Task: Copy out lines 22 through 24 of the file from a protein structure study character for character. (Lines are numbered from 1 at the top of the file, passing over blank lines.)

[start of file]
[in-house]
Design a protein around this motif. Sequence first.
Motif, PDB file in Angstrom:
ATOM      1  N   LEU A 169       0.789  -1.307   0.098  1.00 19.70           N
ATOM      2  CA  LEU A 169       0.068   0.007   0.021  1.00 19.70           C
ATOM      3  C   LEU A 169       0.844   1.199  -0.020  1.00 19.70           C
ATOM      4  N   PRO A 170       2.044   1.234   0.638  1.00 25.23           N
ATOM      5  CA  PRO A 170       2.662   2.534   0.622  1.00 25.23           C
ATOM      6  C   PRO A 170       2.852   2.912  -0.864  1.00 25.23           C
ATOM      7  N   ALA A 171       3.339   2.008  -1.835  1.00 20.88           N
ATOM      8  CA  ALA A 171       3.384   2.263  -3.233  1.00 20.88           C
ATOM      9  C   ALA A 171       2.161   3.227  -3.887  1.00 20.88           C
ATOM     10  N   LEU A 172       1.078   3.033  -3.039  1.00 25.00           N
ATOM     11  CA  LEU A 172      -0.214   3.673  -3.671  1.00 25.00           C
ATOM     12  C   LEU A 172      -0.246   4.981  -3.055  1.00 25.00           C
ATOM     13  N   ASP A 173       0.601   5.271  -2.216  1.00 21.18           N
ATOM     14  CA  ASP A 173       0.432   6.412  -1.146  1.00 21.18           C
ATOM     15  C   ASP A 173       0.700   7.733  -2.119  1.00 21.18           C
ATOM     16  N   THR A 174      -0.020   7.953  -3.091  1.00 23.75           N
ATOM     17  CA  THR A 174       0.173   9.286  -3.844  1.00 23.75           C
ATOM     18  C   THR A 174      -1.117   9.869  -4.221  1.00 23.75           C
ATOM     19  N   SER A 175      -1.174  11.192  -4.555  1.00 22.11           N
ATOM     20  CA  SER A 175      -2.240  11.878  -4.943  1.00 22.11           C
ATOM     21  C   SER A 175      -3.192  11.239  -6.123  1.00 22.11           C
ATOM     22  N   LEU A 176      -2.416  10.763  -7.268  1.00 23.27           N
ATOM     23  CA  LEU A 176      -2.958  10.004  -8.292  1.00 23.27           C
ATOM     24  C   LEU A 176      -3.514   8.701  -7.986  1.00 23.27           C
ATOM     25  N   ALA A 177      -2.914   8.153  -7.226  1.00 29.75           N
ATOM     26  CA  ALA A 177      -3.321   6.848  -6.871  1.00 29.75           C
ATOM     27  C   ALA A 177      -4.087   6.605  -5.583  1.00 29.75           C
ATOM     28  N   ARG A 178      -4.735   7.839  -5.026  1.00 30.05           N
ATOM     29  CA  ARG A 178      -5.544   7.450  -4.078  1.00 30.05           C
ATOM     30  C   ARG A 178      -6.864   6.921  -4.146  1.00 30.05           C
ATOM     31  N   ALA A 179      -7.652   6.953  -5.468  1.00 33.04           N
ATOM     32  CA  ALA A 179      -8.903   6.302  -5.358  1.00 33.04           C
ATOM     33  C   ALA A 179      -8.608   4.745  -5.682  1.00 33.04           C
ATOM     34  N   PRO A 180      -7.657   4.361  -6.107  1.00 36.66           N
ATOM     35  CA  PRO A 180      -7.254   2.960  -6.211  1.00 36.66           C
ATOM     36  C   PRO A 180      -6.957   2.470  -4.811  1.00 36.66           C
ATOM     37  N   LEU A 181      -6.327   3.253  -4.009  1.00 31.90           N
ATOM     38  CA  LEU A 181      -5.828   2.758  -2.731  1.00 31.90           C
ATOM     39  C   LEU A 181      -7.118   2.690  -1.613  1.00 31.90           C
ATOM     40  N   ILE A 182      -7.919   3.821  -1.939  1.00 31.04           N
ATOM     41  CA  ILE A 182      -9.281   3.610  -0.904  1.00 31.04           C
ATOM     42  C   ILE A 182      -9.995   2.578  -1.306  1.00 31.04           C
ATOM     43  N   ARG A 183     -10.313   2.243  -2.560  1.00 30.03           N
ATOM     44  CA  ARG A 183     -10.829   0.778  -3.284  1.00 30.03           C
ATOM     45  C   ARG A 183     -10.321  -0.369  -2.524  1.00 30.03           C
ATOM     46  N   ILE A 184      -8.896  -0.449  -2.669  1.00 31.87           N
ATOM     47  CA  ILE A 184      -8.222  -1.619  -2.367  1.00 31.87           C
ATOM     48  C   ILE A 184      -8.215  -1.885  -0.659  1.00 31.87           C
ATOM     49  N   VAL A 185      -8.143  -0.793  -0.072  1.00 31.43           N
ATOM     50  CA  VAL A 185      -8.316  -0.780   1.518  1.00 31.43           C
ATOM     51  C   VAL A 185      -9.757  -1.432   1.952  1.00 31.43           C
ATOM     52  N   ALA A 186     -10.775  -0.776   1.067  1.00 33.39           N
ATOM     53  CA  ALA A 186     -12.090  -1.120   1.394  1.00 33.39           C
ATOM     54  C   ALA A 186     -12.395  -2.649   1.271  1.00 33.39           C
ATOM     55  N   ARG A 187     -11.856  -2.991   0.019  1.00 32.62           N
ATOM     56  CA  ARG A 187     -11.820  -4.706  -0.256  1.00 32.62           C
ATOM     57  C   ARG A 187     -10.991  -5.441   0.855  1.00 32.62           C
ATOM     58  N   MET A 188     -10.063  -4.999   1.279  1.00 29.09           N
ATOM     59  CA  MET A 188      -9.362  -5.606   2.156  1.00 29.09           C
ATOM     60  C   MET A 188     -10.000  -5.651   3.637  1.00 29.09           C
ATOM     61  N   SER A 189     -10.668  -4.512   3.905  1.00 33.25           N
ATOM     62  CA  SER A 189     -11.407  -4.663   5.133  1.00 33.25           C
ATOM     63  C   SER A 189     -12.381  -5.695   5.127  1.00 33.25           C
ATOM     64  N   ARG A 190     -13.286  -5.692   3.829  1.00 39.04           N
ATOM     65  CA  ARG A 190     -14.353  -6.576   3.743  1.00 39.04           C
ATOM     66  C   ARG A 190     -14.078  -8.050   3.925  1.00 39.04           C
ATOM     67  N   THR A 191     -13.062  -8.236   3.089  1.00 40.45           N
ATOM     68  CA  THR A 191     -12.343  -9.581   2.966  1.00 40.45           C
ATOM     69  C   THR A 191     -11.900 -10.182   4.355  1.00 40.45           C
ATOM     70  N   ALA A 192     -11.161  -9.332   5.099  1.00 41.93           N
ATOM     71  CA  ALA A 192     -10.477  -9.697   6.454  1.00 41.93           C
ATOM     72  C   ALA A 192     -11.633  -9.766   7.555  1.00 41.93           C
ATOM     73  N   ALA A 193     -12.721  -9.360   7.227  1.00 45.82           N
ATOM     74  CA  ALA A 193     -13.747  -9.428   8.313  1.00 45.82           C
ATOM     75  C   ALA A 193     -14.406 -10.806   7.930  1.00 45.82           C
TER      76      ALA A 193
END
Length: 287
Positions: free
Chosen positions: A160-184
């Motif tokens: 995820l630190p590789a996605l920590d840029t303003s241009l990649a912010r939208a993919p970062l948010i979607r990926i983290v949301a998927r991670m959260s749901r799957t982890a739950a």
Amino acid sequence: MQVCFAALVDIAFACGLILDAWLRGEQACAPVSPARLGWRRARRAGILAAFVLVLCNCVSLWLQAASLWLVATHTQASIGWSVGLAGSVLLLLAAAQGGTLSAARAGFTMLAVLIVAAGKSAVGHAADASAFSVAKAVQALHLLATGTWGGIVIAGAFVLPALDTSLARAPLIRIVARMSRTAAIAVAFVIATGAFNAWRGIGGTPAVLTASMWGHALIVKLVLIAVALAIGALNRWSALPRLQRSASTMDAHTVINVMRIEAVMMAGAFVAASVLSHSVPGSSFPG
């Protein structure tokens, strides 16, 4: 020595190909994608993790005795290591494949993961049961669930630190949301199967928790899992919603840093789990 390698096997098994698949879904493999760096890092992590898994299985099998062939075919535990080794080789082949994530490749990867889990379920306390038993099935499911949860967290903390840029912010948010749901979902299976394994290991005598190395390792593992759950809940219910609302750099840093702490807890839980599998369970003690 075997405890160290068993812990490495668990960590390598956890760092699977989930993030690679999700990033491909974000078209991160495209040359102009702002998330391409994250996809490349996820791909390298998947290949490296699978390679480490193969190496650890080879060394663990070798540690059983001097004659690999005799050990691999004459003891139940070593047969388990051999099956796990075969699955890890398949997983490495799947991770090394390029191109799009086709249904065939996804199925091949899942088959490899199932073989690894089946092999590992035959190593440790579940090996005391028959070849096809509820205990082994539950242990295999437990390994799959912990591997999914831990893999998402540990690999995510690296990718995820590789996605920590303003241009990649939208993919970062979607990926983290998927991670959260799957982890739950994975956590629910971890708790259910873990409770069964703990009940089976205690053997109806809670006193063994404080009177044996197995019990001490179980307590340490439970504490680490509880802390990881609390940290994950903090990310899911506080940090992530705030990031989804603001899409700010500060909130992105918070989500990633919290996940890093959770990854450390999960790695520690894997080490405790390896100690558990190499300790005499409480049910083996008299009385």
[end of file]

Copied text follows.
ATOM     19  N   SER A 175      -1.174  11.192  -4.555  1.00 22.11           N
ATOM     20  CA  SER A 175      -2.240  11.878  -4.943  1.00 22.11           C
ATOM     21  C   SER A 175      -3.192  11.239  -6.123  1.00 22.11           C